• M3: A seven-story 181-unit mixed use apartment building. (A slightly older document had it at a 186-unit seven-story mixed apartment building with 10 parking spots and 5,799 square feet of retail) In planning/permitting process
  • — A 6/8/21 large sign indicates that M2 and M3, which will be connected, will have a combined 416 units and 580 parking spots.
  • M4: An eight-story 280-unit mixed use apartment building with 14 live/work units and 317 parking spots. In planning/permitting process
  • H2: A seven-story hotel with 173 keys. In planning/permitting process
  • O3: A nine-story office building with ground floor retail and a shared two-level parking garage with O5. In planning/permitting process
  • O5: An eight-story office building with ground floor retail and a shared two-level parking garage with O3. In planning/permitting process

Flanking the mall development are two major sites for affordable housing development, the old Northgate transit center and Northgate Commons. Scaled down to a single building for now, 232 affordable apartments are expected to break ground in 2022 at the transit center. On the other side of the mall is the massive 8.5 acre Northgate Commons site, acquired by the Seattle Housing Authority (SHA) in 2019 and projected for redevelopment in 2025 in partnership with the City. SHA, in a April 20th presentation (see 3:12:00) to the City Council’s Finance & Housing Committee, discussed the existing 211 affordable units at around 60% area median income (AMI) and their redevelopment.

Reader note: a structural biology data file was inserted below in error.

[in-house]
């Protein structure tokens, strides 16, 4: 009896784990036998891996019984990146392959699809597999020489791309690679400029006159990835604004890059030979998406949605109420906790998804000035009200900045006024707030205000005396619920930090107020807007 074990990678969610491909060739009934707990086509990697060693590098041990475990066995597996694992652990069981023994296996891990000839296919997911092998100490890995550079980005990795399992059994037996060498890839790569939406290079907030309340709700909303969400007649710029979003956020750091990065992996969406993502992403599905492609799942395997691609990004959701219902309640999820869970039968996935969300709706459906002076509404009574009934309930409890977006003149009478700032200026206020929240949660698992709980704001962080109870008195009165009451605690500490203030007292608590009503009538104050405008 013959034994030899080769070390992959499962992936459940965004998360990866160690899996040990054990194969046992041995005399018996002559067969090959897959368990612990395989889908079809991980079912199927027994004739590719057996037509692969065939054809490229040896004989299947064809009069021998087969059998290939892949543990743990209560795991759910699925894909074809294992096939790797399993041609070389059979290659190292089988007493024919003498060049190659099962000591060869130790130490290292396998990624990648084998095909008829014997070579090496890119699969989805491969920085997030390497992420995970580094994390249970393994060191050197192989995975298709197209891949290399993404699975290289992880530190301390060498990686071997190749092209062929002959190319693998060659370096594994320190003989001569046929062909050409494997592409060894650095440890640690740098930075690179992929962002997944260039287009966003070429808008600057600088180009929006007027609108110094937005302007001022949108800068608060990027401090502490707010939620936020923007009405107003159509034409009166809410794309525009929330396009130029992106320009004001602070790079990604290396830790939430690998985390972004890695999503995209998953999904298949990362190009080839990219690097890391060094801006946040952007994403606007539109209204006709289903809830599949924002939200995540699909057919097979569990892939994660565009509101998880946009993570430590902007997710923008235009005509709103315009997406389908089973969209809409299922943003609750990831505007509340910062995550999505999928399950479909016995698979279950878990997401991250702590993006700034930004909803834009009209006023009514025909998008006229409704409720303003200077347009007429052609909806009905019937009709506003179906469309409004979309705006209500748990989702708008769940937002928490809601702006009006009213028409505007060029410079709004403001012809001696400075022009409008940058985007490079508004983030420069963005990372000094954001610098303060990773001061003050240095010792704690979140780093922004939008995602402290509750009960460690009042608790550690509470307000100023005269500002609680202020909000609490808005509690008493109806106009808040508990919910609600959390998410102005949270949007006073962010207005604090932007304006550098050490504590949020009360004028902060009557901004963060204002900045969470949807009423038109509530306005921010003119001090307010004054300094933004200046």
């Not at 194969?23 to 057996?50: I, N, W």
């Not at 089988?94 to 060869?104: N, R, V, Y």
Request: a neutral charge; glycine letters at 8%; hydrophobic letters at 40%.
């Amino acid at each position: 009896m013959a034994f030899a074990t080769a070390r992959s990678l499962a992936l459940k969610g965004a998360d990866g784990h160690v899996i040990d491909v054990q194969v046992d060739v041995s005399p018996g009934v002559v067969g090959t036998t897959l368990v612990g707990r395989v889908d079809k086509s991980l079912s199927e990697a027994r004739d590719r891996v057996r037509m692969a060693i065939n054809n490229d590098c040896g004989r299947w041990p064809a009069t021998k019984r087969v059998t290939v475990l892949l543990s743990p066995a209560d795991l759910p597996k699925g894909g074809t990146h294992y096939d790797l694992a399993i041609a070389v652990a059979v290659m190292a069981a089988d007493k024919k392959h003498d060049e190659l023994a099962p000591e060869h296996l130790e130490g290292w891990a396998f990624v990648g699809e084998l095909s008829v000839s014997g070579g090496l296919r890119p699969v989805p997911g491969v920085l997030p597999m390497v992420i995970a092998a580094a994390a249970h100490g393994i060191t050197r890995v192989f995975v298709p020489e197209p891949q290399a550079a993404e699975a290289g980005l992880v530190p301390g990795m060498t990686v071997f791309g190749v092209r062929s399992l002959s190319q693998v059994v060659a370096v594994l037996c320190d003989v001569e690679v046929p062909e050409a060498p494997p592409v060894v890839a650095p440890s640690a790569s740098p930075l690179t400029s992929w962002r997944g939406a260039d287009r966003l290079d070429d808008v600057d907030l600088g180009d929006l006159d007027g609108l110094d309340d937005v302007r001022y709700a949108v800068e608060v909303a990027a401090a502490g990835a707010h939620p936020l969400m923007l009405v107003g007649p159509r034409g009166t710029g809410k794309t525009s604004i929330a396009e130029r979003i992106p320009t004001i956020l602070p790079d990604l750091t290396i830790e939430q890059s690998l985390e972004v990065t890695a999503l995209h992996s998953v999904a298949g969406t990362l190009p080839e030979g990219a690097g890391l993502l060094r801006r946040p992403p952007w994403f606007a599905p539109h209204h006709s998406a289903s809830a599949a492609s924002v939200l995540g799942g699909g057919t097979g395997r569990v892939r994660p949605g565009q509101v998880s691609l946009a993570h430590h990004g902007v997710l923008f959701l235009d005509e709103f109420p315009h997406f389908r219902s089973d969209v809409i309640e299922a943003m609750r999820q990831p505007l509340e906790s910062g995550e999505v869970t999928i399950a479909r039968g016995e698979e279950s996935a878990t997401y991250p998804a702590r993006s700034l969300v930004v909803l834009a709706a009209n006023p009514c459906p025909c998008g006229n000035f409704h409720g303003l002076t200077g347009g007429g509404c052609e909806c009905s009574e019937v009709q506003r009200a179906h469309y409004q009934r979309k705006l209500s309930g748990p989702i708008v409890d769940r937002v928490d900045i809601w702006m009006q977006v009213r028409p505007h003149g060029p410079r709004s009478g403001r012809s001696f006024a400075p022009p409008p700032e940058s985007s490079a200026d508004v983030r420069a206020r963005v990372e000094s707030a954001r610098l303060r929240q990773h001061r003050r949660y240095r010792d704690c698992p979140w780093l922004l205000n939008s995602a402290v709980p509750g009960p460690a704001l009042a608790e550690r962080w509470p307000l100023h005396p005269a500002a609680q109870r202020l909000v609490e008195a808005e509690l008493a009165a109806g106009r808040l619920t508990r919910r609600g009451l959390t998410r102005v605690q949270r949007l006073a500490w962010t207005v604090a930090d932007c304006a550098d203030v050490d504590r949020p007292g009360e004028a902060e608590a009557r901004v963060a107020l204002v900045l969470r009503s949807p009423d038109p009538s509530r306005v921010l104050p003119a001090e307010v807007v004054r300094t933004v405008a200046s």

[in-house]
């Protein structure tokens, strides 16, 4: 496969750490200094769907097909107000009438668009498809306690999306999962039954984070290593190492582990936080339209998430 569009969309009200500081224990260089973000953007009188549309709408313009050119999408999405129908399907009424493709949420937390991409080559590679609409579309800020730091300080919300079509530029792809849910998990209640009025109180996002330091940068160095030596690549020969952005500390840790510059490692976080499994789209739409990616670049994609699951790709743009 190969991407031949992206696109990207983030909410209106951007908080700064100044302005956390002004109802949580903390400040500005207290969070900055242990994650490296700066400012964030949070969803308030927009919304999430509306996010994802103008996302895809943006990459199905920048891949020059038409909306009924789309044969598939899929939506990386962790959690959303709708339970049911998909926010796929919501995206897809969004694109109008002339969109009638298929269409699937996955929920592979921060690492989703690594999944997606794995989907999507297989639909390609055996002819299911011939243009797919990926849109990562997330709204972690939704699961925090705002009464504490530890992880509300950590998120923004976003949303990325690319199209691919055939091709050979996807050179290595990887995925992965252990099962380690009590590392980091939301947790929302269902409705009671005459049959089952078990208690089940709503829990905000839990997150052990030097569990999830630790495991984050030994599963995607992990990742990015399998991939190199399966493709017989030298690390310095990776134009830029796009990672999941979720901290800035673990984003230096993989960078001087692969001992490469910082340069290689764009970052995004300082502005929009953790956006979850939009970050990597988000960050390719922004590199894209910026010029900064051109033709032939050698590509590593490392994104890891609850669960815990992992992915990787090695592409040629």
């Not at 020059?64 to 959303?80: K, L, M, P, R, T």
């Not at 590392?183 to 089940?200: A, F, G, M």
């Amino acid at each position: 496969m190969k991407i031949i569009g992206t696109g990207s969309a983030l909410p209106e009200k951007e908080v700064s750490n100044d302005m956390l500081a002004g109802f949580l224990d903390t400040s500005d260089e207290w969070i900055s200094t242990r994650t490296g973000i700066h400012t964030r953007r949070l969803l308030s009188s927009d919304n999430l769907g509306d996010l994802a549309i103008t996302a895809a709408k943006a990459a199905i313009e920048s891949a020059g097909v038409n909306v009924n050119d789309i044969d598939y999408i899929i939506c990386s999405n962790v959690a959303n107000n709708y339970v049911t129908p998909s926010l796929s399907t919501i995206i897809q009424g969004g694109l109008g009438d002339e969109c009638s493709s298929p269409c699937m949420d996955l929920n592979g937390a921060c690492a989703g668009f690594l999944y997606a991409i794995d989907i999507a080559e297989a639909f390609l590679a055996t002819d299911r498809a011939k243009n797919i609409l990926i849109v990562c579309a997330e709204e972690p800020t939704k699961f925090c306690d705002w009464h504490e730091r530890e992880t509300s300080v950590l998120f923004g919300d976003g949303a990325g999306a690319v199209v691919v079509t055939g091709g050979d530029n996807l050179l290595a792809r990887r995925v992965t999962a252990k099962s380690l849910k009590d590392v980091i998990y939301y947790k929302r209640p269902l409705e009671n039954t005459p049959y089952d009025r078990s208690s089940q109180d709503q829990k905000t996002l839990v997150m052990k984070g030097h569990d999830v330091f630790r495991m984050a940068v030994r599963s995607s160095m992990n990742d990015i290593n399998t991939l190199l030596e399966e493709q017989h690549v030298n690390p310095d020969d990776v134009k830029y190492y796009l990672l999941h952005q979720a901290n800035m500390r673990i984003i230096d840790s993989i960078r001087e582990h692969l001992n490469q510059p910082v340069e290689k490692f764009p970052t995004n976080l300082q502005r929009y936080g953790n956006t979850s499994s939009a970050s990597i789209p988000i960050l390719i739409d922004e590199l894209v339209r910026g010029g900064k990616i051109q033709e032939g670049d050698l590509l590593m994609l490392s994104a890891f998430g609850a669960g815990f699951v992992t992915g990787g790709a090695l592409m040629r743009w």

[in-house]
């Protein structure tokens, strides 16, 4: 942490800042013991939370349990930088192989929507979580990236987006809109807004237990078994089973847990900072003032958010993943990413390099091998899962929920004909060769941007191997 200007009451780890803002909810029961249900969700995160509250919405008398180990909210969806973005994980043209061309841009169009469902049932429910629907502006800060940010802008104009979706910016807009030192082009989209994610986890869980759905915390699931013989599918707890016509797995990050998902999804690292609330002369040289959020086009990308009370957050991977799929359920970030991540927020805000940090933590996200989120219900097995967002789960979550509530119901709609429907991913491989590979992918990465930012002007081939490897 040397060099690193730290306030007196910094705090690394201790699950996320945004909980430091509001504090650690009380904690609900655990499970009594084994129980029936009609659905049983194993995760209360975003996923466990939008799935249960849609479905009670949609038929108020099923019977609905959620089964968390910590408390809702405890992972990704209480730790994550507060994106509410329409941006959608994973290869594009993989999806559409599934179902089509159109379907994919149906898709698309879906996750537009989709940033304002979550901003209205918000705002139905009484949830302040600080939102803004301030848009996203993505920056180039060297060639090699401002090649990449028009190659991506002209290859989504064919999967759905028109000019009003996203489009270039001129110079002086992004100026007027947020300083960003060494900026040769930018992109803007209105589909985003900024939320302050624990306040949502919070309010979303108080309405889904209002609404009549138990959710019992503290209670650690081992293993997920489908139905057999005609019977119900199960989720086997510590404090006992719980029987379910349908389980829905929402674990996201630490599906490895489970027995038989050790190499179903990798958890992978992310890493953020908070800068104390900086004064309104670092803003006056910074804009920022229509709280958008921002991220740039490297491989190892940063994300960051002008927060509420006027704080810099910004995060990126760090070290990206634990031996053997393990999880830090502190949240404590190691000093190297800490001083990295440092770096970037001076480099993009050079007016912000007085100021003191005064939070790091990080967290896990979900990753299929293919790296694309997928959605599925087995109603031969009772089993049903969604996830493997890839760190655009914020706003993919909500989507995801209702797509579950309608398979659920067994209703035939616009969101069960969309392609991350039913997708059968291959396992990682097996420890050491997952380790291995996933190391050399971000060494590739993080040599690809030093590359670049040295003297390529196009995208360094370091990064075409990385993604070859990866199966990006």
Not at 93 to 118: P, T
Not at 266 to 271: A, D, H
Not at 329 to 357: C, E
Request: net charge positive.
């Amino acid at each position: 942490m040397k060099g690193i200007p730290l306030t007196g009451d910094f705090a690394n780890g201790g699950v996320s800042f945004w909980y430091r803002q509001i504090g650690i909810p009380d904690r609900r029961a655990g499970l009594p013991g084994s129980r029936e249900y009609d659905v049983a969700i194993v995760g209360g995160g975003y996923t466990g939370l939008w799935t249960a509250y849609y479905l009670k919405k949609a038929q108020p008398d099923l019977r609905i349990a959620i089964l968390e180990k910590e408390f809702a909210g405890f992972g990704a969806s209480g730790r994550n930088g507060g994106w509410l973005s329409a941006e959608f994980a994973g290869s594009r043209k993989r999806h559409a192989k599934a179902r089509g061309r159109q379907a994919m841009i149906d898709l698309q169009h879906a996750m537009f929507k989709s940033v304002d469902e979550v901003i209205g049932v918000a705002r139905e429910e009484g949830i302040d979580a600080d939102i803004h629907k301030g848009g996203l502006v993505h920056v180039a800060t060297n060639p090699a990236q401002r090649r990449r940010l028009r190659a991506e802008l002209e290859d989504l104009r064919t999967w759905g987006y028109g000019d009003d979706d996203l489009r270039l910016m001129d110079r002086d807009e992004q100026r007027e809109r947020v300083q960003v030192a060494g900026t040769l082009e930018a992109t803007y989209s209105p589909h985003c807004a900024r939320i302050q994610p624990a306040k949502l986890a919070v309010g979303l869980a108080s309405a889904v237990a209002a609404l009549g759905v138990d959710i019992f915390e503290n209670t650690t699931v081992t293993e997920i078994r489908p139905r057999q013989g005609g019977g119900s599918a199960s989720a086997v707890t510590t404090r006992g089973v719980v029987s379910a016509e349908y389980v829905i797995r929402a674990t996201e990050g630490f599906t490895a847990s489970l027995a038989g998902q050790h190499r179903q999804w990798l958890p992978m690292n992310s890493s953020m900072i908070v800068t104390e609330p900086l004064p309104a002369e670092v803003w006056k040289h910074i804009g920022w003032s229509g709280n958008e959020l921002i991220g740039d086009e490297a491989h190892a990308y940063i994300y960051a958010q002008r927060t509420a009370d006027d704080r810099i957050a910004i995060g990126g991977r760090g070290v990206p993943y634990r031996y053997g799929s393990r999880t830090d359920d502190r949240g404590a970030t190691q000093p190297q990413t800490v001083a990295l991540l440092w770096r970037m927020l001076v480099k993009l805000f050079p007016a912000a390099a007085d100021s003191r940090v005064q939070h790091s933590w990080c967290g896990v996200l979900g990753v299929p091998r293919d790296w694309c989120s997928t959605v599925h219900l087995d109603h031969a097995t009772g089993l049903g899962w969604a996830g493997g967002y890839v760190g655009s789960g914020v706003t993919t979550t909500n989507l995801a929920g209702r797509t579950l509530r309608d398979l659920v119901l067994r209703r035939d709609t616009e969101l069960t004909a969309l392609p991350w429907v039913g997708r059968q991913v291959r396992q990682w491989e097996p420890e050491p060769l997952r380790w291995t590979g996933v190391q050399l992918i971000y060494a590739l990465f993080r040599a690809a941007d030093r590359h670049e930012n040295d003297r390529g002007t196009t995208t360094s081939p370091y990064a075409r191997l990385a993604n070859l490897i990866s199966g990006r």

The Northgate Commons site was up for sale and at risk of being redeveloped fully into market-rate housing. SHA partnered with the City to acquire and preserve it until redevelopment. That preservation and adding substantial affordable stock to the site in a redevelopment are major goals of the acquisition. In the April presentation, Terry Galiney of SHA said that the authority wanted at least double the existing number of affordable housing units on a site poised to contain 1,200 to 1,400 units of housing. The remaining units create a mixed-income neighborhood and help offset costs of purchasing the land and planning. This maneuvering would take the form of selling off some of Northgate Commons’ land to private developers that would build market-rate and 80% AMI housing. There was also expressed desire to place space for childcare, arts, and other amenities on the ground level of the potential buildings — even a farmers market was suggested.

Satellite developments